The economic-policy spokesman for the frontrunner in Italy’s election campaign said he does believe the euro is irreversible and his comments signalling Europe’s monetary union could disintegrate were misreported.
“What I said has been reported in a definitely improper way,” Stefano Fassina, head of economic policy for the coalition led by Pier Luigi Bersani, said today about his speech at a Rome event yesterday. “What I said is that in order to make it possible for the euro, which is not an optimal monetary area, to exploit its potential at best, we need to change the course of action.”
Speaking at a debate organized by the Bruno Leoni Institute, Fassina said yesterday that European governments “need to coordinate macroeconomic policy” if they “want to stay in the same monetary area since the monetary union is not an inevitable fate, if we make wrong choices, at some point it can disintegrate,” according an audio recording of the speech available on the Radio Radicale station’s website. His comments were previously posted on Twitter by the institute’s head Alberto Mingardi.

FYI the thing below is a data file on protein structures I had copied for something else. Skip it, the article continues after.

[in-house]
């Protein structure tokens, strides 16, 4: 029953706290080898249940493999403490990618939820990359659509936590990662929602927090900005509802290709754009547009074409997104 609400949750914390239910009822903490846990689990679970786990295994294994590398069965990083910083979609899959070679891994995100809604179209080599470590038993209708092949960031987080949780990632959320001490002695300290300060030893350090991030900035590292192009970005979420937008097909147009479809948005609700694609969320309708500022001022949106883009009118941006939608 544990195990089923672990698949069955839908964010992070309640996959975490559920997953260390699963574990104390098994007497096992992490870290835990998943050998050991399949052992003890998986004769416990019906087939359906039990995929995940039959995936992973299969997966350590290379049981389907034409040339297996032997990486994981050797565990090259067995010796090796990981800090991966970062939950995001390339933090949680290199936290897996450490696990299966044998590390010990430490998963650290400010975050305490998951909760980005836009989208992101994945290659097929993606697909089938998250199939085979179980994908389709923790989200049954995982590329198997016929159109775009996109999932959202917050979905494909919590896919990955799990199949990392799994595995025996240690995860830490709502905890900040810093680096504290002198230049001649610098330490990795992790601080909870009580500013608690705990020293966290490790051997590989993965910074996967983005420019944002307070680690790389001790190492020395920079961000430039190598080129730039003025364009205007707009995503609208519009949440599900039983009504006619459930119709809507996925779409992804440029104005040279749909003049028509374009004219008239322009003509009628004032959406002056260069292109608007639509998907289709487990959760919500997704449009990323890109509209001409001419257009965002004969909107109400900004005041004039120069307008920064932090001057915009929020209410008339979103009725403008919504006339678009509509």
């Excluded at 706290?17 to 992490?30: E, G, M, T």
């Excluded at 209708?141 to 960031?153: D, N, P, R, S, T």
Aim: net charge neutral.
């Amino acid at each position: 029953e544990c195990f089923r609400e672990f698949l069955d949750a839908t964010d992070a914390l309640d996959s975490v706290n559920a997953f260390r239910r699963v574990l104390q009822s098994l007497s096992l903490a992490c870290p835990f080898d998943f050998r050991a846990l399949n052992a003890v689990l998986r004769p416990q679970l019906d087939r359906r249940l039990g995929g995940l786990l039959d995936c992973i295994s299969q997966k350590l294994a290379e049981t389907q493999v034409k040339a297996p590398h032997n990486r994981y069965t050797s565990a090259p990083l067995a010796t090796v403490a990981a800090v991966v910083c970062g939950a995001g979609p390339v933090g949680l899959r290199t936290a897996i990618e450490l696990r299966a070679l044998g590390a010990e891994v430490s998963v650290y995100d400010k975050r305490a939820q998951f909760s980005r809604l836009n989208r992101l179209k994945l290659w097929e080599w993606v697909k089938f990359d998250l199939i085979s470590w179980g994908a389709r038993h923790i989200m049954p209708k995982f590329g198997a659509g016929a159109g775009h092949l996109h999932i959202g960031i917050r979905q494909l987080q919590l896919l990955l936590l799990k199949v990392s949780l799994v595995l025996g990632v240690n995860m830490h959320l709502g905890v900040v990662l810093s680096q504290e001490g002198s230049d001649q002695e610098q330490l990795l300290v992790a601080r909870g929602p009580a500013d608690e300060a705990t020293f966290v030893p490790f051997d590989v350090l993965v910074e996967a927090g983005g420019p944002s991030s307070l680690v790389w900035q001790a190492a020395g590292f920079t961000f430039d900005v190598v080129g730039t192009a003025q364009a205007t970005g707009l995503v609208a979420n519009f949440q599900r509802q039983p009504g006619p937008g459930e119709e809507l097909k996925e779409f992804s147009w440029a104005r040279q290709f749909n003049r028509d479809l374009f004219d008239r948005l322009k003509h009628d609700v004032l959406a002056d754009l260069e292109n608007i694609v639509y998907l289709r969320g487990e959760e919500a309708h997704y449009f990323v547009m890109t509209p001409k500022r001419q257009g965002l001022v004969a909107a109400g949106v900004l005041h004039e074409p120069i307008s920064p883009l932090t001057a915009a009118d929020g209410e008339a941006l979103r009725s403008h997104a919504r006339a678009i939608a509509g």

“No, not all,” Fassina, 46, a former International Monetary Fund economist, said today when asked whether he questioned the irreversibility of the euro.
Italy will guarantee stability and commitment to budget rigor should the center-left bloc headed by Bersani win the Feb. 24-25 elections, Bersani said today in a speech at a conference in Berlin.
Opinion polls show that the coalition led by Bersani’s Democratic Party may fall short in one of the Parliament’s two houses. That would probably force Bersani to seek a deal with the bloc headed by caretaker Prime Minister Mario Monti. Still, such a move risks straining ties with the Democratic Party’s main ally, Nichi Vendola, head of the Left Ecology Freedom party, who has called for reversing some of Monti’s austerity policies.